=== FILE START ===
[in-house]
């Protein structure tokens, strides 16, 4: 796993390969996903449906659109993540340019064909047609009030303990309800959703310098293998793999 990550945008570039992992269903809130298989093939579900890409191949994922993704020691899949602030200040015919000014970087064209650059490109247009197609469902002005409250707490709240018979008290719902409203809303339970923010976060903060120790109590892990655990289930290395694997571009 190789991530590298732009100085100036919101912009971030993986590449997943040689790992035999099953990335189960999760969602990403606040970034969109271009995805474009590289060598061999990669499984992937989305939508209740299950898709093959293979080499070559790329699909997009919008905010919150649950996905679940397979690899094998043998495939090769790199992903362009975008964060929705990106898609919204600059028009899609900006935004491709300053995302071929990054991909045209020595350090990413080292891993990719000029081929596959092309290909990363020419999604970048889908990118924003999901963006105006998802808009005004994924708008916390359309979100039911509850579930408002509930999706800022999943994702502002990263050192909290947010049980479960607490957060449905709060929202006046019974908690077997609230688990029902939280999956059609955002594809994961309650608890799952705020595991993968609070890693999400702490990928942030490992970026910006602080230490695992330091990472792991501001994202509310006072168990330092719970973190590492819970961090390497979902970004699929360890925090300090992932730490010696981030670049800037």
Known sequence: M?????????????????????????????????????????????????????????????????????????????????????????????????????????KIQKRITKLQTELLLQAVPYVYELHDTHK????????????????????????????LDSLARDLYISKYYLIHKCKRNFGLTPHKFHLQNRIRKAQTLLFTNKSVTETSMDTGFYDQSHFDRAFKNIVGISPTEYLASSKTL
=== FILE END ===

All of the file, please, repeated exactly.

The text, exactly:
[in-house]
């Protein structure tokens, strides 16, 4: 796993390969996903449906659109993540340019064909047609009030303990309800959703310098293998793999 990550945008570039992992269903809130298989093939579900890409191949994922993704020691899949602030200040015919000014970087064209650059490109247009197609469902002005409250707490709240018979008290719902409203809303339970923010976060903060120790109590892990655990289930290395694997571009 190789991530590298732009100085100036919101912009971030993986590449997943040689790992035999099953990335189960999760969602990403606040970034969109271009995805474009590289060598061999990669499984992937989305939508209740299950898709093959293979080499070559790329699909997009919008905010919150649950996905679940397979690899094998043998495939090769790199992903362009975008964060929705990106898609919204600059028009899609900006935004491709300053995302071929990054991909045209020595350090990413080292891993990719000029081929596959092309290909990363020419999604970048889908990118924003999901963006105006998802808009005004994924708008916390359309979100039911509850579930408002509930999706800022999943994702502002990263050192909290947010049980479960607490957060449905709060929202006046019974908690077997609230688990029902939280999956059609955002594809994961309650608890799952705020595991993968609070890693999400702490990928942030490992970026910006602080230490695992330091990472792991501001994202509310006072168990330092719970973190590492819970961090390497979902970004699929360890925090300090992932730490010696981030670049800037």
Known sequence: M?????????????????????????????????????????????????????????????????????????????????????????????????????????KIQKRITKLQTELLLQAVPYVYELHDTHK????????????????????????????LDSLARDLYISKYYLIHKCKRNFGLTPHKFHLQNRIRKAQTLLFTNKSVTETSMDTGFYDQSHFDRAFKNIVGISPTEYLASSKTL